Day 1: Roland-Garros kicks off with a bang
German's clay-court fortunes gather steam as he prepares to face No.15 seed Wawrinka
Koepfer embarked on the reshuffled, truncated European clay-court swing having lost two straight matches but his fortunes shifted following a career-changing week in Rome.
Once there, the left-hander duly took a set off world No.1 Novak Djokovic.
His ranking sits at a career-best No.61 and could climb even further after he defeated Frenchman Antoine Hoang in four sets on Sunday for his first win at Roland-Garros.
“It’s been amazing,” Koepfer told rolandgarros.com. “Coming into Rome, I was struggling a little bit with my confidence. Got a win in the first round and beat some good players and once you start rolling, you stop thinking and everything just goes on its own, and that’s what’s been happening the last few weeks.
“The tournament could have been over in the first round but then I moved on to the quarter-finals. Played a No.1 for the first time, which was a really special experience you don’t get every day. All these small steps help you to build confidence and experience, too.”
The 26-year-old who came through the US collegiate ranks qualified and won his first match at a Masters 1000 level, collected a first tour-level victory on clay, in which he saved a match point against Australian Alex de Minaur, and went on to land his maiden ATP quarter-final.
Koepfer is not bullish ahead of his encounter on Wednesday against Wawrinka, the 2015 champion on the Parisian terre battue. But with his newfound belief he is not overawed.
“It’s exciting,” he said. “I’ve got no pressure, got nothing to lose. I’m healthy, I’ll be able to play freely and hopefully give him a hard time. And if I have the chance to win, just take it. I’m looking forward to it.”
Looking back, Koepfer’s path to becoming a professional tennis player was not a typical one.
He was born in Furtwangen near the Swiss border, which he suspected had a population of about 8,000, and only started taking tennis seriously about the age of 16.
“I grew up in the Black Forest, literally in the middle of the forest,” he said with a smile. “Lots of snow, very cold there.”
No wonder Koepfer skied plenty.
He regularly headed north with his mum and sister to watch the WTA tournament in Stuttgart and fondly recalled getting the autograph of one of Roland-Garros’s most iconic players, Justine Henin.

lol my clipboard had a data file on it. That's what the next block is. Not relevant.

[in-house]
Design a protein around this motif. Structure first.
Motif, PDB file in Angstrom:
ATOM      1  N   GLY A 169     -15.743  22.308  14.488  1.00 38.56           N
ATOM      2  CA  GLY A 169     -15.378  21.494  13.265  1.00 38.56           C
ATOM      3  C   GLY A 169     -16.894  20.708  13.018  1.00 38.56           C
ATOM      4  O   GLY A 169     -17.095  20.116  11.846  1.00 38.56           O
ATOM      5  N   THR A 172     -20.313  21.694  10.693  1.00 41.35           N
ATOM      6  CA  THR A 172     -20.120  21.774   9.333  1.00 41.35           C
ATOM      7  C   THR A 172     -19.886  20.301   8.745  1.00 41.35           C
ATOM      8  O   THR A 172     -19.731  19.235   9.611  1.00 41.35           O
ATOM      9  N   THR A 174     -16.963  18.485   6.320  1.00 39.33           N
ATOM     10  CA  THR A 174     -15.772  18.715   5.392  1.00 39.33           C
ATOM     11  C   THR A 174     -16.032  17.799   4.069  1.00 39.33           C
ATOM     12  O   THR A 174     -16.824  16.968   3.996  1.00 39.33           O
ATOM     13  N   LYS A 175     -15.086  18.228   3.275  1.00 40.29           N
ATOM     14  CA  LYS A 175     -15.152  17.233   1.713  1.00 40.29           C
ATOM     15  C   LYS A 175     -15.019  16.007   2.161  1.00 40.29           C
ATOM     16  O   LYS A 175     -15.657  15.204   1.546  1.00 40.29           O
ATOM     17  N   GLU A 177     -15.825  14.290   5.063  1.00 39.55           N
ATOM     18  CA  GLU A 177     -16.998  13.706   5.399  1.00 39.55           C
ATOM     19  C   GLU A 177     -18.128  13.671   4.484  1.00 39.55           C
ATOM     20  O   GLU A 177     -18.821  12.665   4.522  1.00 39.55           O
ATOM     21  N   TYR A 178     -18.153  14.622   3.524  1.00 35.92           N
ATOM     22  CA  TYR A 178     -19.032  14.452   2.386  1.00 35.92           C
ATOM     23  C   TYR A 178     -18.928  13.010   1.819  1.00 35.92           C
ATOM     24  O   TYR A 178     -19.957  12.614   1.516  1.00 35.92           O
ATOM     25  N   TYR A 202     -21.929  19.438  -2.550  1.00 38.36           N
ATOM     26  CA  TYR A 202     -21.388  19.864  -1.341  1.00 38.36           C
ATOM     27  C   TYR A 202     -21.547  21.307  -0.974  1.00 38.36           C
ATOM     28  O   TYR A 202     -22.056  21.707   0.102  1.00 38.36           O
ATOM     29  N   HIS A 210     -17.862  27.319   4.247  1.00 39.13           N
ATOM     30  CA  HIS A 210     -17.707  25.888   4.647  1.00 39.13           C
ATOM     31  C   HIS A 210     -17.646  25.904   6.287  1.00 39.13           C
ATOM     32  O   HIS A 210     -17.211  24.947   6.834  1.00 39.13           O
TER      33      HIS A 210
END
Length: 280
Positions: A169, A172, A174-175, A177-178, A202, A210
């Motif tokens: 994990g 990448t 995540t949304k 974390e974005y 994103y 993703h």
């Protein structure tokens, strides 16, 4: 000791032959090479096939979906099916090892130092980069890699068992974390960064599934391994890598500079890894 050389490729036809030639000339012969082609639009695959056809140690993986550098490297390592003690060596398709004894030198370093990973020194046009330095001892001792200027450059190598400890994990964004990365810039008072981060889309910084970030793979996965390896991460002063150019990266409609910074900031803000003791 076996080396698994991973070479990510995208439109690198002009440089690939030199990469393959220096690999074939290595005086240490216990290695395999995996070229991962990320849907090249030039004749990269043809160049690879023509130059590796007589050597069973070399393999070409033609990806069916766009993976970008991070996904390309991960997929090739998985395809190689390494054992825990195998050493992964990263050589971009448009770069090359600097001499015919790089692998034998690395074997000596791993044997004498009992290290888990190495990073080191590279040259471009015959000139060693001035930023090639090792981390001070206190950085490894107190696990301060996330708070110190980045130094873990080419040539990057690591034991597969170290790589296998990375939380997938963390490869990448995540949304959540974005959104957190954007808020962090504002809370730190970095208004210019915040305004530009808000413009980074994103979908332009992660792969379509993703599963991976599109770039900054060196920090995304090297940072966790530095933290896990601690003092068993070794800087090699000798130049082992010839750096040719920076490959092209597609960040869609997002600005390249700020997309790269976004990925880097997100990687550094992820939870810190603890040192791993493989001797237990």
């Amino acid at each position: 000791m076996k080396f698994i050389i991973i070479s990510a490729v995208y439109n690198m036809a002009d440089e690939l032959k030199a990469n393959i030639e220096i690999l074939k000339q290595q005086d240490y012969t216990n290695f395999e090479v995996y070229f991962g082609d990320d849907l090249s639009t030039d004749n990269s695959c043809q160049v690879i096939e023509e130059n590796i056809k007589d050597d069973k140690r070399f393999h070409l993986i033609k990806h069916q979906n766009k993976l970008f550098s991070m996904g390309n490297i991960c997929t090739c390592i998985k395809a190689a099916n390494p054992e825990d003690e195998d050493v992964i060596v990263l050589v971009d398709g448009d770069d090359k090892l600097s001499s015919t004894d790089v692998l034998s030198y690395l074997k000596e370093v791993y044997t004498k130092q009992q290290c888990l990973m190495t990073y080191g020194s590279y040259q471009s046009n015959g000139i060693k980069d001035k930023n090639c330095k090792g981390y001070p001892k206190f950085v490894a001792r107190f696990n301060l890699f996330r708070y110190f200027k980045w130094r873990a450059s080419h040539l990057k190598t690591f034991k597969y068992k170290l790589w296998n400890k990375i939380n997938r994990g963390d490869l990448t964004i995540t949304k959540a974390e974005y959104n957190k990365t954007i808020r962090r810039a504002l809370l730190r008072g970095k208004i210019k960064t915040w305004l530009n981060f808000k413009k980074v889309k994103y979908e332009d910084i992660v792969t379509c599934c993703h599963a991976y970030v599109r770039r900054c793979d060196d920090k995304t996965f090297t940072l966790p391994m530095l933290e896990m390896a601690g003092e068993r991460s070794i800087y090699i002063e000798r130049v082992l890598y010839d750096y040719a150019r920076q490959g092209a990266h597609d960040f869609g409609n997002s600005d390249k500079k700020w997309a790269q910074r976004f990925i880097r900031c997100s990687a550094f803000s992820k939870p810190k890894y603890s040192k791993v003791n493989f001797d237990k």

“I loved going there just watching the players, watching them practise,” he said. “I’m pretty sure I still have the autographs somewhere in a book at home.”
Koepfer contested a solitary ITF event as a junior and attended a modest university by US tennis standards, Tulane in New Orleans, Louisiana.
It was the lone school in the highest echelon of Division I that offered him a spot, he told ATPtour.com. When pronouncing New Orleans, Koepfer said it like the locals with not a hint of his German accent.
Soon after earning his finance degree, Koepfer began working with Billy Heiser and moved his training base to Tampa, Florida. Prior to his clay-court breakout, he was likely best known for reaching the fourth round at last year’s US Open.
“I remember our first day on court together and he was hitting with John Isner,” Heiser told rolandgarros.com, referring to the towering former world No.8 who also played college tennis in the US before turning pro. “It was the first time I had ever met him. I was very impressed, very good ball-striker, very good athlete, super live arm, just very, very raw.
“I could tell he had a love for the game but just hadn’t been around enough at a high enough level so needed that experience and a little fine-tuning and refinement but very, very talented athlete for sure.”
Heiser co-coaches Koepfer alongside ex pro Rhyne Williams while a mental coach, Ryan Herzog, is also part of the team. Herzog’s biography states that he formerly served in the US Air Force.
Koepfer intermittently practises with another of Heiser’s charges, last year’s Wimbledon quarter-finalist, Alison Riske, when they are in Tampa.
“He brings a lot of passion to everything he does,” Heiser said. “He’s super competitive. He’s got a great sense of humour. He’s a very well-rounded kid, super nice, very genuine. I can’t say anything bad about him.”
A huge football supporter, Koepfer’s favourite side, the mighty Bayern Munich, suffered a 4-1 upset loss to Hoffenheim in the Bundesliga on Sunday.
It is a result not to Koepfer's liking, but a reminder anything is possible as he prepares to take on a tennis giant on Wednesday.